This past Saturday, March 6th, was the birthday of Doris Slater, Canada’s first female comic book artist. She was born in 1917 on a farm near Chatham, Ontario. She graduated from the Ontario College of Art and began her comic work in Anglo-American’s Grand Slam Comics Vol. 1 No. 1 which had the cover date of Sept./Oct. 1941 (see my previous post which was on this specific comic). This was just around the time that Wonder Woman had her first appearance in All-Star Comics No. 8. south of the border.
I’ve written a bit about Doris as the first female Canadian comic book creator here, but today I want to bring attention to something more current to do with Doris Slater. Remember that Doris’ first feature was done with writer Ted McCall and his creation of “Pat the Air Cadet” in Grand Slam Comics and they signed it with the pseudonym “Macduff.”
Doris Slater got married to popular Canadian crooner Russ Titus in September of 1944, but she continued to use her maiden name when signing the splash pages of her new feature “Penny’s Diary” in Active Comics. Sadly, the marriage lasted less than half-a-dozen years, but Doris kept her married name and was known as Doris Titus until her premature death in a motor vehicle accident in June of 1964. She signed her art sketches and paintings as Doris Titus.
The painting leading off this column is of Doris by well-known Toronto-based artist Dorothy Austin Stevens who also became the godmother of Doris’ daughter Patti. The painting looks to be have been done just prior to or around the time of her marriage. I’ve led this column off with this portrait of Doris because today’s column is about an upcoming exhibition of Doris’ work at Brantford’s Glenhyrst Art Gallery that I hope many of you will get to attend.
I was up at Glenhyrst a few days ago to deliver a piece of Doris original comic art from my collection for the exhibition. I was shown two of the exhibition rooms with a wonderful collection of Doris paintings propped against the walls around their perimeters ready to be hung. What impressed me most about these pieces was the diversity of styles she employed. There were examples of Expressionism, Cubism, regular portraiture and Abstractism as you can see below, but I’ve yet to learn the titles:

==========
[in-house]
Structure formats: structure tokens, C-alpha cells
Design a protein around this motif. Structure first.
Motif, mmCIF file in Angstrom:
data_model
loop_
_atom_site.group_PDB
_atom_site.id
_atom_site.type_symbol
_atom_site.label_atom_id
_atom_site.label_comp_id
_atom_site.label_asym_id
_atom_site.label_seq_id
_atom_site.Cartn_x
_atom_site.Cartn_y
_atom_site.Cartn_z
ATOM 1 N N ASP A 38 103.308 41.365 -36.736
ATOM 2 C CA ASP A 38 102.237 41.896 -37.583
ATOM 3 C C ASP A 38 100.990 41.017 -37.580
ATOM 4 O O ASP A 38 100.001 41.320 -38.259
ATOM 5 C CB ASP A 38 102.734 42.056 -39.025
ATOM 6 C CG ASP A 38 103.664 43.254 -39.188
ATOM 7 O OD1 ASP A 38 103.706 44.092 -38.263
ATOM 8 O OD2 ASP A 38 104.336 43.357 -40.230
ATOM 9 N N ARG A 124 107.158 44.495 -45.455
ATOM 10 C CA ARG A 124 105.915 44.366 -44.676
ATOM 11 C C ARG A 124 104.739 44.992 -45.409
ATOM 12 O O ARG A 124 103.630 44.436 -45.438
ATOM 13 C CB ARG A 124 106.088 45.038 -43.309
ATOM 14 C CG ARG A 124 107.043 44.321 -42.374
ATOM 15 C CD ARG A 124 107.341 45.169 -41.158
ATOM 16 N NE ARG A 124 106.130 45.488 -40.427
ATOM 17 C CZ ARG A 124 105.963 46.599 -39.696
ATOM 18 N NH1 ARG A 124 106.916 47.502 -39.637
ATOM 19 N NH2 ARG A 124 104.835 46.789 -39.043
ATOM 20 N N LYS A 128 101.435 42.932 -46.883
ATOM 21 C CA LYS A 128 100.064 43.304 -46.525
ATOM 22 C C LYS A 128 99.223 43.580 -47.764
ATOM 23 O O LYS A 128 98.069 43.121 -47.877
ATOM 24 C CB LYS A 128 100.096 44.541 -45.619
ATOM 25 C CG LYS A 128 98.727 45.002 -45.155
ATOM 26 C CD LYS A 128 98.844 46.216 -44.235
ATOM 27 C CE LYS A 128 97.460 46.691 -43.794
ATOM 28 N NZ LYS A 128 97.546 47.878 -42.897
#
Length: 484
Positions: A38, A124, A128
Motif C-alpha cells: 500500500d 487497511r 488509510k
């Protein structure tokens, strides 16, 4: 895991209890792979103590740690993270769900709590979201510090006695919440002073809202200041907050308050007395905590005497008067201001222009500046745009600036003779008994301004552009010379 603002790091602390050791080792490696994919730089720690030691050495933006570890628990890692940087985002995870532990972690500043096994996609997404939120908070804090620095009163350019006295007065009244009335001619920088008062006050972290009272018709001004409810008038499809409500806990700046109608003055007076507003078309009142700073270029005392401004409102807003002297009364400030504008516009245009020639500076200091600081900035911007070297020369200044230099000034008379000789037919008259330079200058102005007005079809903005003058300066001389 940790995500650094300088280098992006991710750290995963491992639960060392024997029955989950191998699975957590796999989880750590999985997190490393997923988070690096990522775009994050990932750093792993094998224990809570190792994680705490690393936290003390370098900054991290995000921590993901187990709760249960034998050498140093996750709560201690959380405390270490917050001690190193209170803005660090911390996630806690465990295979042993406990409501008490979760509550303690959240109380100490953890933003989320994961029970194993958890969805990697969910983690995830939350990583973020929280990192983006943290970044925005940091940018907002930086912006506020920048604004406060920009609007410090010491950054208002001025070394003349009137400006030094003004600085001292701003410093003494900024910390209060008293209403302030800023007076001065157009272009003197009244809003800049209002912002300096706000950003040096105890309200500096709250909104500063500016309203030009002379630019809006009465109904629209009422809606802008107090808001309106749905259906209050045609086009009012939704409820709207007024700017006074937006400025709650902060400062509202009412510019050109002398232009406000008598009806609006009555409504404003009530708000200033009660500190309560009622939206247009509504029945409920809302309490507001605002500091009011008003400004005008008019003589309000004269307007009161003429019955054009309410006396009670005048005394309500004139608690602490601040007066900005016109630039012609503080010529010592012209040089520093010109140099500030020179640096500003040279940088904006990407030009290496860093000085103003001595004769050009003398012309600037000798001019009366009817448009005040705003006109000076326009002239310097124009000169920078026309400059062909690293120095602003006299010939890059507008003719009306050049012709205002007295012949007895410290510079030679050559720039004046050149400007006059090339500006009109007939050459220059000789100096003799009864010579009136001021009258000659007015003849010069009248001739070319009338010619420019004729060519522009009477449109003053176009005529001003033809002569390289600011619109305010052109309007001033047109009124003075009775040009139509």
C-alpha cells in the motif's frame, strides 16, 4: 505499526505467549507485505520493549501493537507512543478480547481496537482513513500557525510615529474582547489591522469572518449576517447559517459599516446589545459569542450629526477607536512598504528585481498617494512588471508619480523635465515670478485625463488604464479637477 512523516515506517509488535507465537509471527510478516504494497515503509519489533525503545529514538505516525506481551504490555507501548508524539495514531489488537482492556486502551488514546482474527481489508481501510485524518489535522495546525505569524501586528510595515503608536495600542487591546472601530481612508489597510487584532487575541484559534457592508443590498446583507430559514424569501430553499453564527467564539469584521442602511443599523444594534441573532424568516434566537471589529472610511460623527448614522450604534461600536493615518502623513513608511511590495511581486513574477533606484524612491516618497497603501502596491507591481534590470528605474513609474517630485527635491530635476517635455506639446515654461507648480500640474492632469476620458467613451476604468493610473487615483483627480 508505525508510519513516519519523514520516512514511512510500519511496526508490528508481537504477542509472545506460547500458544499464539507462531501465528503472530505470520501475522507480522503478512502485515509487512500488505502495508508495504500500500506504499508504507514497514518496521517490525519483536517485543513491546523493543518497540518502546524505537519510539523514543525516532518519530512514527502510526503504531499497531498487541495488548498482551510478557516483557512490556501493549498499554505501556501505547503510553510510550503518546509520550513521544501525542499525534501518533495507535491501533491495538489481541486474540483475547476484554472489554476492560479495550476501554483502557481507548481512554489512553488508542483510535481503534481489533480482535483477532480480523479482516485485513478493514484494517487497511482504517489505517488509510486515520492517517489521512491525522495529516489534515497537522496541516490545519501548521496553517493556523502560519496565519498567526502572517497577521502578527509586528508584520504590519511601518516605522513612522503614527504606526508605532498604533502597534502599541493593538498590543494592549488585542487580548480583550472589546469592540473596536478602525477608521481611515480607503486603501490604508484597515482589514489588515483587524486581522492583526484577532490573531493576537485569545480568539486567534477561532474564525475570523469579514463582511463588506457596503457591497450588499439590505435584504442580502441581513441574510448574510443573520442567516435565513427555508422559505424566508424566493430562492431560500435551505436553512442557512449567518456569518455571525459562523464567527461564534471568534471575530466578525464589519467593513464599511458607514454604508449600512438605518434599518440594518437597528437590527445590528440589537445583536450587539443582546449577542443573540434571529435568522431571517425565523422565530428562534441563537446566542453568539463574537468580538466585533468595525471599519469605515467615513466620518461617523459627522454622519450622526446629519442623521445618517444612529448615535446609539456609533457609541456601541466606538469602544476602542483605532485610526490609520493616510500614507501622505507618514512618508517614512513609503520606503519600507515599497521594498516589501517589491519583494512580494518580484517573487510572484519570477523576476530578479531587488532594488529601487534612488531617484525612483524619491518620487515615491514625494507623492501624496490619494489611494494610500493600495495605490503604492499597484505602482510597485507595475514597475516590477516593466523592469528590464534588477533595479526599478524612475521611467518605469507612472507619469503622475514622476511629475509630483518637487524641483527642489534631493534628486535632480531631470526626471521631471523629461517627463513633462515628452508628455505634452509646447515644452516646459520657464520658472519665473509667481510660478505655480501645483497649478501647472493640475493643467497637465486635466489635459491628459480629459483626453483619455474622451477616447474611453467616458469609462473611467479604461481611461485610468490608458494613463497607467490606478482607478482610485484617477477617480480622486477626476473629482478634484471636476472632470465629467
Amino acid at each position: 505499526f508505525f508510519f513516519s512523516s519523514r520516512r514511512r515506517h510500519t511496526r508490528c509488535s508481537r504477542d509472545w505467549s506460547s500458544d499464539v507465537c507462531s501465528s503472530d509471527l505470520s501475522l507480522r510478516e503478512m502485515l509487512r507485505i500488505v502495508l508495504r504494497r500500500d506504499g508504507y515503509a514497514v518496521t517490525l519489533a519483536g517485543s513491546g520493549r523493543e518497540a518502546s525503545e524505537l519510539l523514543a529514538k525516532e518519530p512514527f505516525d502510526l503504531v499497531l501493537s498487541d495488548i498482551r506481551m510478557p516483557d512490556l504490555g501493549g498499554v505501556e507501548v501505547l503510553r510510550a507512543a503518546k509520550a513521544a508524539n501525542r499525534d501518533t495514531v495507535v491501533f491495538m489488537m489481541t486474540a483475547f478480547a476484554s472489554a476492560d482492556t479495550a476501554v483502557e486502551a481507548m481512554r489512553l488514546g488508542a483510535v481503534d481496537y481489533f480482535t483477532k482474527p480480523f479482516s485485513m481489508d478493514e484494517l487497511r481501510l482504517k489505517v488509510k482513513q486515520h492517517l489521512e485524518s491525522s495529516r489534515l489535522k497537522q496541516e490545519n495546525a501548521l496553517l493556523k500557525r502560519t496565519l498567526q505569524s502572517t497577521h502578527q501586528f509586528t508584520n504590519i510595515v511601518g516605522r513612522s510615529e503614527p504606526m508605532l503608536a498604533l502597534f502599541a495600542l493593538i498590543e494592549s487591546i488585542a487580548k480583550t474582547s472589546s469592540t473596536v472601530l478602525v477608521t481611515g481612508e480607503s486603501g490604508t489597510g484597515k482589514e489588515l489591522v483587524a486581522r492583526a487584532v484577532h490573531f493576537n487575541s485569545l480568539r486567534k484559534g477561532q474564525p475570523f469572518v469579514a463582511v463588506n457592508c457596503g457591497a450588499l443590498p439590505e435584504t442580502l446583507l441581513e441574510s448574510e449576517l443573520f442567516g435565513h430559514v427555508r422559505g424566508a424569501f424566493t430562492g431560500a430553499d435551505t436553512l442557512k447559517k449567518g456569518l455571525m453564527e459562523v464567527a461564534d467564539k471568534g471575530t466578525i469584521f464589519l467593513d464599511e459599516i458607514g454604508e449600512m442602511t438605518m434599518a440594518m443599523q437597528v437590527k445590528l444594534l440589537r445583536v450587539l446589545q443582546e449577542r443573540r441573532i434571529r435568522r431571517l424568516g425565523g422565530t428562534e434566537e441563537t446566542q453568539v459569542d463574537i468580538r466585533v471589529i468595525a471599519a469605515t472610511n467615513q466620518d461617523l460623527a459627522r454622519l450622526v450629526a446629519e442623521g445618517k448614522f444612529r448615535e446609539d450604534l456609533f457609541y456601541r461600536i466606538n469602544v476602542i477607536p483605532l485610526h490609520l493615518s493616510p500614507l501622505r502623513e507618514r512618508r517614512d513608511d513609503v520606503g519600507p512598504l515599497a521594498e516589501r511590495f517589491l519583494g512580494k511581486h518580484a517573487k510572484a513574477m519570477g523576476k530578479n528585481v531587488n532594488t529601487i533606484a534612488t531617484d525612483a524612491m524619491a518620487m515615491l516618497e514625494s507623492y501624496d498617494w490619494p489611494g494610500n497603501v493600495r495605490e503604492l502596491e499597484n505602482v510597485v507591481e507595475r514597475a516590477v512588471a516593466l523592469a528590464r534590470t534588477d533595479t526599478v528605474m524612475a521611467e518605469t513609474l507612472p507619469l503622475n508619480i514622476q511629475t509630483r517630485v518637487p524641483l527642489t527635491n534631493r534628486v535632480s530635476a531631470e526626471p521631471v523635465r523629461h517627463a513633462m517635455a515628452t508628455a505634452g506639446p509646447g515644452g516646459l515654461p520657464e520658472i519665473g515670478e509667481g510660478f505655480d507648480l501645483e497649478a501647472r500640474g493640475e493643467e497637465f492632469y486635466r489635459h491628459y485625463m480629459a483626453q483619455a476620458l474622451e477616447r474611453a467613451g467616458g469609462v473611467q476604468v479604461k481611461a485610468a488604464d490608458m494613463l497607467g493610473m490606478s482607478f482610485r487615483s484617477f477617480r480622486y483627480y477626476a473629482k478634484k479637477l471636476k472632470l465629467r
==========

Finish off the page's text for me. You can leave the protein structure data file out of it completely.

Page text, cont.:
Doris was also an inspirational art teacher during her time in Brantford and later in Ottawa. Her students inevitably talk glowingly of her and one or two pieces of her artwork gathered at Glenhyrst were obtained from collections of her former students.
In preparation for informing you about this exhibit, I interviewed curator Matthew Ryan Smith.
IK: How did this idea for a Doris Slater/Titus Exhibit exactly come about at Glenhyrst?
MRS: Glenhyrst holds a work, Untitled (green abstract), by Doris in its permanent collection. We’ve been committed to showing it in exhibitions during my tenure at the gallery. This work was also included in the City of Brantford’s “Grand Exhibit” public art project, co-produced with Glenhyrst, that launched in 2019–it’s installed near the public library downtown. We’ve thought about further ways to highlight her work and its impact, so when yourself, Robert MacMillan, and Patti Thomas (Doris’s daughter) reached out to Glenhyrst to highlight her life and work we were hooked.